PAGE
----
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I think the negative attitude comes more from frustration than from anything else.

> I am a professional programmer working at a large company and I am pretty sure that 95% of my colleagues (myself included, as difficult as it is for me to admit) have no idea what a reified generic is.

I didn't know what it was called either until I saw them mentioned here, but now that I know about it, I get why it would be useful. Before that, I kind of assumed all languages with generics would also allow you to access the type information at runtime.

> I have run into some problems where being able to define custom generic containers would be nice, but I don't feel like that has seriously hindered my ability to deliver safe, functional, and maintainable software.

I don't mean any disrespect, but this is a very good example of the Blub Paradox: http://wiki.c2.com/?BlubParadox




> I don't mean any disrespect, but this is a very good example of the Blub Paradox: http://wiki.c2.com/?BlubParadox

Interesting read, and I admit there is some of that. But my point isn't to say that those features aren't useful or powerful, but rather that with the constraint of working with a large group of programmers of varying skills, simplicity has more value than power (as long as we can deliver software that meets our requirements). It is similar to point 4 in the "Problems with the Blub Paradox" section.


One of the problems is who decides what is too simple. E.g. why are for loops, function calls and lamdbas considered simple enough to be in go, but generics aren't? When I TA'ed CS introductory courses, student usually had a lot less trouble with understanding generics than lambdas.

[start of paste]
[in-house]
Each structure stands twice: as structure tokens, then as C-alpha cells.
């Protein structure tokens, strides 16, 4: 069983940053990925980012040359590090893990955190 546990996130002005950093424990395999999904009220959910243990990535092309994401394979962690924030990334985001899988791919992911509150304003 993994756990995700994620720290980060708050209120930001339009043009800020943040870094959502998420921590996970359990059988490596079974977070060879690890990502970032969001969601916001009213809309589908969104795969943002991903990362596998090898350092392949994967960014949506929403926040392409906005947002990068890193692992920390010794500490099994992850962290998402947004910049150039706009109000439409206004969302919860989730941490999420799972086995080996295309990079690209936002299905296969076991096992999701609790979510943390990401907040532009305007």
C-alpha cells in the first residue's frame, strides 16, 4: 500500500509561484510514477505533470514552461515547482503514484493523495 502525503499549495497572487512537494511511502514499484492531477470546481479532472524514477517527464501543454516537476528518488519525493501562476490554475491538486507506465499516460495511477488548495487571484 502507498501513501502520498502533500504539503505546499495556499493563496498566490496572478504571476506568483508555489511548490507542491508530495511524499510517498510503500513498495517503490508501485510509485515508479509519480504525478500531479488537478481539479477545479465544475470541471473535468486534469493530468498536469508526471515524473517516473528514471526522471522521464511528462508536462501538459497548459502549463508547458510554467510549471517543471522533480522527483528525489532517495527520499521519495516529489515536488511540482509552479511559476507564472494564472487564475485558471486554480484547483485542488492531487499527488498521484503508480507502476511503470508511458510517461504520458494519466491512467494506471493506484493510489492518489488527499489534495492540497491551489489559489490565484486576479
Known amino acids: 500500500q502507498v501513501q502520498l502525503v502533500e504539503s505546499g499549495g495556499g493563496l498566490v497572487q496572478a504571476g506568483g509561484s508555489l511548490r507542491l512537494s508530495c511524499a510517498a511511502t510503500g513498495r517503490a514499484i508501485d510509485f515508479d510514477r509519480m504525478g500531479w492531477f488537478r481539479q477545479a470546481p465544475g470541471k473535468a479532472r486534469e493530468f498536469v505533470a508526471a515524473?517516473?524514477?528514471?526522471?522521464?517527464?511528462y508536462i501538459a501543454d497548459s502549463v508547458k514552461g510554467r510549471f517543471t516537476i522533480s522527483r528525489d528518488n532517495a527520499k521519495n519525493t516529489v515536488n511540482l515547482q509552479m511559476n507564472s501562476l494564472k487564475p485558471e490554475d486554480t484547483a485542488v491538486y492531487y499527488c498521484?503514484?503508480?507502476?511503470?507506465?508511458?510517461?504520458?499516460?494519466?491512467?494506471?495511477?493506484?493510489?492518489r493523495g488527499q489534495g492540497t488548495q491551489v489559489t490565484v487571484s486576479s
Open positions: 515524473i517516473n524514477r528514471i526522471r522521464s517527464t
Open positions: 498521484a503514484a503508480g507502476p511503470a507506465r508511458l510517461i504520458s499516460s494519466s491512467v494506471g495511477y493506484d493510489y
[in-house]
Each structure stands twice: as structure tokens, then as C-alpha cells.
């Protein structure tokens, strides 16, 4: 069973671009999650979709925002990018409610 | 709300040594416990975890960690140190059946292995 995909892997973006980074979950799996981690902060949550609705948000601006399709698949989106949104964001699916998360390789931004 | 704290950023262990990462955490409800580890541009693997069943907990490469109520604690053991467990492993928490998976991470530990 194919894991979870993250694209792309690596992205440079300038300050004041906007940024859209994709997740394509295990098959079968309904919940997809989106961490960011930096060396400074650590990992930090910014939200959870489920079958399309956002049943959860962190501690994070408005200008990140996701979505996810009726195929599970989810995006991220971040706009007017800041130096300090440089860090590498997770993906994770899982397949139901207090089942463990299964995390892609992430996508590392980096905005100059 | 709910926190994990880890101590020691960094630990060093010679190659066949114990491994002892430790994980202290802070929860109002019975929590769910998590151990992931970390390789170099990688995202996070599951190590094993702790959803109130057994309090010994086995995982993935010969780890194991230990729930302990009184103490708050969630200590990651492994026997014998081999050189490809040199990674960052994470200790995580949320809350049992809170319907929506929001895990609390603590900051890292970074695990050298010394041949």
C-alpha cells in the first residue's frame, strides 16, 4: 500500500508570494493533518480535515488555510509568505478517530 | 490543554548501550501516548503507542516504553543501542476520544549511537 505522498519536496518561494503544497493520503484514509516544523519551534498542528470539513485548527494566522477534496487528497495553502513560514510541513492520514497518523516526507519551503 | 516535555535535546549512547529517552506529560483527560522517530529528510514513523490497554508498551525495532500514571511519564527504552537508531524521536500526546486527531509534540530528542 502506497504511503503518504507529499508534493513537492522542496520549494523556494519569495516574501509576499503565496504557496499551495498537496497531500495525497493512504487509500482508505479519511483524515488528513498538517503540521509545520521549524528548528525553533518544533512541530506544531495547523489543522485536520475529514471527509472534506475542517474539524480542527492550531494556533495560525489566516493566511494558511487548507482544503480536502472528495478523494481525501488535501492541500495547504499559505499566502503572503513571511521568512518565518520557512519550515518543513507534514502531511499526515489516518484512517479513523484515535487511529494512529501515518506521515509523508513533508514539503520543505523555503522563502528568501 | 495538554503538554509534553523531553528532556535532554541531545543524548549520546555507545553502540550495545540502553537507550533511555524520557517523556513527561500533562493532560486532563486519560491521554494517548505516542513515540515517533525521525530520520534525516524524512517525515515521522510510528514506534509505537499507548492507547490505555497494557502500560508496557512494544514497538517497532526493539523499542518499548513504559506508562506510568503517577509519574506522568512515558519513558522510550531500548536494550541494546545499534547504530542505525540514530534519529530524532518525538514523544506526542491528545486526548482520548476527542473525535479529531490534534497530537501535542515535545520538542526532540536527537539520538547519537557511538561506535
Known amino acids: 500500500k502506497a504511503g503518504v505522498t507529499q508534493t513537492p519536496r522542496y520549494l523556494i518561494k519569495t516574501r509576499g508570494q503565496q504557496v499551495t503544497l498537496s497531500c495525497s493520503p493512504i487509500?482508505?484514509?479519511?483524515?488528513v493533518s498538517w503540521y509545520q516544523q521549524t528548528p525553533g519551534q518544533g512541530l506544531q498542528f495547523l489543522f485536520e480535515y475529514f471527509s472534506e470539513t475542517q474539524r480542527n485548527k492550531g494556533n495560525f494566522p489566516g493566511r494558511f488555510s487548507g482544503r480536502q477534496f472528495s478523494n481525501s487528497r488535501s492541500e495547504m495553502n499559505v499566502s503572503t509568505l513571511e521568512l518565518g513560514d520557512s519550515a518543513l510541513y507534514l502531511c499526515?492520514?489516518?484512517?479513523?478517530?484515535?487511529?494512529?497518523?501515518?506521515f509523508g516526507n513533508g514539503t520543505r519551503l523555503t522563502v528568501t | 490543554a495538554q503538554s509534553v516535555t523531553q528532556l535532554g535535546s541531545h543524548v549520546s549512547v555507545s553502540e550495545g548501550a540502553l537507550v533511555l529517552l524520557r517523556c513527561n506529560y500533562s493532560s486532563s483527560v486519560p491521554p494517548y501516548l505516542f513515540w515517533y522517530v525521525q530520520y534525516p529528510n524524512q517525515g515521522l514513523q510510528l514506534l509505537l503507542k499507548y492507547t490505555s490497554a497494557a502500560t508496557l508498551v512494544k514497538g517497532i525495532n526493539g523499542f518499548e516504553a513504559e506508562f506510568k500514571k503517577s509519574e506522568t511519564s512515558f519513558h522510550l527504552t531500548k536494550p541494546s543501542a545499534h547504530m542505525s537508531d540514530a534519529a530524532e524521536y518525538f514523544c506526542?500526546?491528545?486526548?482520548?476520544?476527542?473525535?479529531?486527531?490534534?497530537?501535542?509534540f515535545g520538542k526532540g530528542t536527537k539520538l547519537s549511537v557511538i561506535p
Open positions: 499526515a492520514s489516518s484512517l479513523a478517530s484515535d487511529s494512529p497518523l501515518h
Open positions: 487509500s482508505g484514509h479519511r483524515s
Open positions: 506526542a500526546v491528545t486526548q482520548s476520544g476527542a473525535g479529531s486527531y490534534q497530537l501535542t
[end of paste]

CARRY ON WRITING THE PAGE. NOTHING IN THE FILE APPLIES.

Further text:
Not including feature X in programming language Y will also ensure that no-one who primarily uses Y will ever come to understand or appreciate X.

The blub paradox basically represents the opinion that it is always better for languages to include more powerful features.

I think that goes too far, working primarily in Scala I am seeing firsthand how much diminishing returns extra complexity in the language can have, but I'm certainly of the opinion that Go leans too heavily toward handicapping the language in pursuit of simplicity.


The complexity from generics isn't from the conceptual standpoint, it's from the resulting code standpoint... for the same reason that the ternary ?: operator is "too complex": it's really easy to say that `foo := cond ? 1 : 0` is better than the if/else alternative, but `foo := (a > (b.Active() ? Compare(b, a) : useDefault() ? DEFAULT : panic()) ? "worked" : "failed"` is a mess waiting to happen.

Same with generics. It's easy to point to simple examples. It hard to ensure that terrible metaprogramming monstrosities don't arise.

It's possible to write bad code with go as it is, but it's actually difficult to make such bad code inscrutable.


Maybe, but the solution to this is not to say: Only the compiler implementers are smart enough people to not create messy code with generics, only a few built-in data types are allowed to be generic and the rest will have to copy-paste implementations or use lose type information through `interface {}`


FYI, reified generics undermine type safety and correctness in general, which is one of the reasons why so few languages support the concept (another is that erased generics allow for easier interoperability and for the creation of a much wider class of static type systems).

In my experience, most people who think they need reified generics don't really understand them and can actually do fine with much safer concepts expressed on an erased runtime.


This made me think about Pony and its capabilities system.. Also of Haskell and all the rmap, lmap, rfold, lfold, rmagic, lmurloc.. :P




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